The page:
The cognitive machinery of inadvertent copying and why it matters more than ever.
“Any experience the writer has ever suffered,” William Faulkner told a university audience in 1958, “is going to influence what he does, and that is not only what he’s read, but the music he’s heard, the pictures he’s seen.” This notion — that “our” ideas are the combinatorial product of all kinds of existing ideas we’ve absorbed in the course of being alive and awake to the world — is something many creators have articulated, perhaps none more succinctly than Paula Scher. This fusion of existing bits into new combinations is a largely unconscious process, and for all its miraculous machinery, one serious downside is that it often obliterates the traces of the original sources we unconsciously fold into our “new” ideas. Helen Keller experienced the repercussions of this phenomenon when she was accused of plagiarism, Henry Miller questioned it when he wrote “And your way, is it really your way?” and Coleridge often tripped over the fine line between unconscious borrowing and deliberate theft.
In 1989, decades before legendary neurologist Oliver Sacks explored why the mind is susceptible to this, psychologists Alan Brown and Dana Murphy coined a term for this phenomenon: cryptomnesia.
In the altogether illuminating 1994 volume The Psychology of Writing (public library) — which also gave us the conditions of the perfect daily routine and ideal creative environment — cognitive psychologist Ronald T. Kellogg defines cryptomnesia as “the belief that a thought is novel when in fact it is a memory” and examines how it arises.
Noting that writers frequently draw upon existing sources in a conscious way — “including verbatim quotations, expansions or summarizations, presentations of alternative points of view that differ from those of the writer, and mimicking the stylistic voice of another” — Kellogg turns to the unconscious mechanisms that drive cryptomnesia:
Much of what a writer knows, particularly discourse and sociocultural knowledge, exists only in tacit form. For example, sentence patterns as well as cultural beliefs are shared by members of the same discourse community and are drawn upon freely by all, without conscious awareness. The same sort of unconscious copying may also occur with specific sentences, facts, and arguments — forms of domain-specific knowledge. When it does, however, the author is subject to the charge of plagiarism… [Cryptomnesia] can lead to inadvertent plagiarism if a writer fails to acknowledge unwittingly an earlier source due to the failure to recognize his or her own thoughts and words as unoriginal.
In other cases, Kellogg notes, “the writer borrows unknowingly from his or her own published work” — the kind of inadvertent autoplagiarism to which today’s overly prolific writers are especially susceptible as they scramble to churn out large volumes of work with great regularity under the tyrannical industrialism of modern publishing, online and off. Indeed, the notion of cryptomnesia, in all of its permutations, seems even more uncomfortable two decades later: The expansion of the web, particularly of the social web, has resulted in far greater connectivity and faster flow of ideas between originator and recipient, followed by ever-speedier absorption of those ideas into the common pool — or what Vannevar Bush so poetically called “the common record” in 1945 — in which all of us are increasingly immersed. Under these conditions, cryptomnesia invariably becomes our collective creative pathology.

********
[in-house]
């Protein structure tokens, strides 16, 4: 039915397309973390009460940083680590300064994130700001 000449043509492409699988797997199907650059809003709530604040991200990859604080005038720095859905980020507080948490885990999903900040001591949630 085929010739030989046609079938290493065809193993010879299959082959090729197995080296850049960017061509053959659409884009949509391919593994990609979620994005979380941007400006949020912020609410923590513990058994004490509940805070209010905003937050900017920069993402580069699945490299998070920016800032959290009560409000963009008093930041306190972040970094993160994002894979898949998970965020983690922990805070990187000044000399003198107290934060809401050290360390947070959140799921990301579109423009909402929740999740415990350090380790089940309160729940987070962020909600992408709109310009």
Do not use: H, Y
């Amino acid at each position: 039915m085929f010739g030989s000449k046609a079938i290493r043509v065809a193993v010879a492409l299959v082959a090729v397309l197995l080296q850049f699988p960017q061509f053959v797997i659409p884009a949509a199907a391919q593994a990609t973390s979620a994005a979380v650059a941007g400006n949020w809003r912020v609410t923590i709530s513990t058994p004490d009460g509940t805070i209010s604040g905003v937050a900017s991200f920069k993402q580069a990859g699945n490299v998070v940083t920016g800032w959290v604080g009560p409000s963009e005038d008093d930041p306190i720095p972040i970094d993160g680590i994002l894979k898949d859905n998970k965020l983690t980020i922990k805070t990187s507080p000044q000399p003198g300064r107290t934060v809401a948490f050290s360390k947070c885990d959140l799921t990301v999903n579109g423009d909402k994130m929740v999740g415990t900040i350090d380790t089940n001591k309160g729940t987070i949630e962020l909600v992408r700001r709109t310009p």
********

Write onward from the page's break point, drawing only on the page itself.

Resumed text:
Kellogg illustrates the cognitive mechanisms of this deeply human phenomenon with empirical evidence:
In a seminal laboratory analogue of cryptomnesia, Brown and Murphy (1989) had groups of four students take turns generating examples of categories (generate). Then each student in the group tried to recall the examples that he or she generated (recall old), under instructions to not name items generated by others. Finally, they generated additional examples (recall new), again with instructions to duplicate neither their own nor others’ earlier responses. On the recall old test, 75% of the participants produced at least one plagiarized item and, on the recall-new test, 70% did so. Self-plagiarized items … were rare in the laboratory task; nearly all items were lifted from other students.
The pattern of results in the three experiments reported by Brown and Murphy indicated that plagiarism occurred more frequently in written tasks than in oral tasks. Having heard material, one is more likely to plagiarize it when writing than when speaking. Whether the reverse pattern occurs after having read material remains to be seen. But based on their results alone, writers may be especially susceptible to borrowing unknowingly ideas they have gained through lectures, discussions, and other forms of aural input… Ideas that are expressed frequently — that are “in the air” — are especially open to borrowing.
As the web increasingly becomes “the air,” one can’t help but wonder — and worry — about how the growing threat of a cryptomnesia epidemic will impact the health of creative culture.
But then again, perhaps this is the fate of creativity and has always been a part of its essential nature — as Pete Seeger put it long before the social web existed and a year before Brown and Murphy’s study, “All of us, we’re links in a chain. And if we do our job right, there will be many, many links to come.”